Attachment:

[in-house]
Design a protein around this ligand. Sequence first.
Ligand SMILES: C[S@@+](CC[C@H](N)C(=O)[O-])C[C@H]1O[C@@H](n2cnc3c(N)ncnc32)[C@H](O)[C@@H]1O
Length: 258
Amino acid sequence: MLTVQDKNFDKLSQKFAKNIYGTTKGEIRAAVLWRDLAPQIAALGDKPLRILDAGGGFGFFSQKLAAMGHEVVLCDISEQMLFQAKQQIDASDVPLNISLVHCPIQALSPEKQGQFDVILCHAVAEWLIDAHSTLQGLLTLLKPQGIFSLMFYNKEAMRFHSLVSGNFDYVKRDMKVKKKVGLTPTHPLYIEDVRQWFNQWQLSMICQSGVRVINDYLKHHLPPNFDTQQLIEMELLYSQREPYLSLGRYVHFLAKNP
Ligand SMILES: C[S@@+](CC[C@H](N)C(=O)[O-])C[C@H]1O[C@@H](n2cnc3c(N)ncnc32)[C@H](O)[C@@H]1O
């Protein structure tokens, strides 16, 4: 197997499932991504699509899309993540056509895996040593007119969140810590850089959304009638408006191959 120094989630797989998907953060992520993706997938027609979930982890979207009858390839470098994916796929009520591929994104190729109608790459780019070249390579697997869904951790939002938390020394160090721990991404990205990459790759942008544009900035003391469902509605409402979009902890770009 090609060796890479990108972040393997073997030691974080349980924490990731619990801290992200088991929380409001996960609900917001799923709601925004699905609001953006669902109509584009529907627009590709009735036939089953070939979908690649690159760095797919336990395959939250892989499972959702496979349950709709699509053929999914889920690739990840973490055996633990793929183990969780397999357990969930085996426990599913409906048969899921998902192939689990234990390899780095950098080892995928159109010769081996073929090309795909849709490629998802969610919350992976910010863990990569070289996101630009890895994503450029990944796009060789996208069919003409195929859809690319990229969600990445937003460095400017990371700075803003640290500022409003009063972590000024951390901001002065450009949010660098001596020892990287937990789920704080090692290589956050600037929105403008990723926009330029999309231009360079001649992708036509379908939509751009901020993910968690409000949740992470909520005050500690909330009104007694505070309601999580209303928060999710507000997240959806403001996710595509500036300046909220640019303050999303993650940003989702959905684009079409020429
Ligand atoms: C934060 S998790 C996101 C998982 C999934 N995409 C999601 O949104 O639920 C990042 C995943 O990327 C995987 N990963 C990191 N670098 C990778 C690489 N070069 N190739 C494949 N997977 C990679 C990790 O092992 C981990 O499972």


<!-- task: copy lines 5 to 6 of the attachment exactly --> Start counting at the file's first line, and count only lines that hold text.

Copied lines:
Amino acid sequence: MLTVQDKNFDKLSQKFAKNIYGTTKGEIRAAVLWRDLAPQIAALGDKPLRILDAGGGFGFFSQKLAAMGHEVVLCDISEQMLFQAKQQIDASDVPLNISLVHCPIQALSPEKQGQFDVILCHAVAEWLIDAHSTLQGLLTLLKPQGIFSLMFYNKEAMRFHSLVSGNFDYVKRDMKVKKKVGLTPTHPLYIEDVRQWFNQWQLSMICQSGVRVINDYLKHHLPPNFDTQQLIEMELLYSQREPYLSLGRYVHFLAKNP
Ligand SMILES: C[S@@+](CC[C@H](N)C(=O)[O-])C[C@H]1O[C@@H](n2cnc3c(N)ncnc32)[C@H](O)[C@@H]1O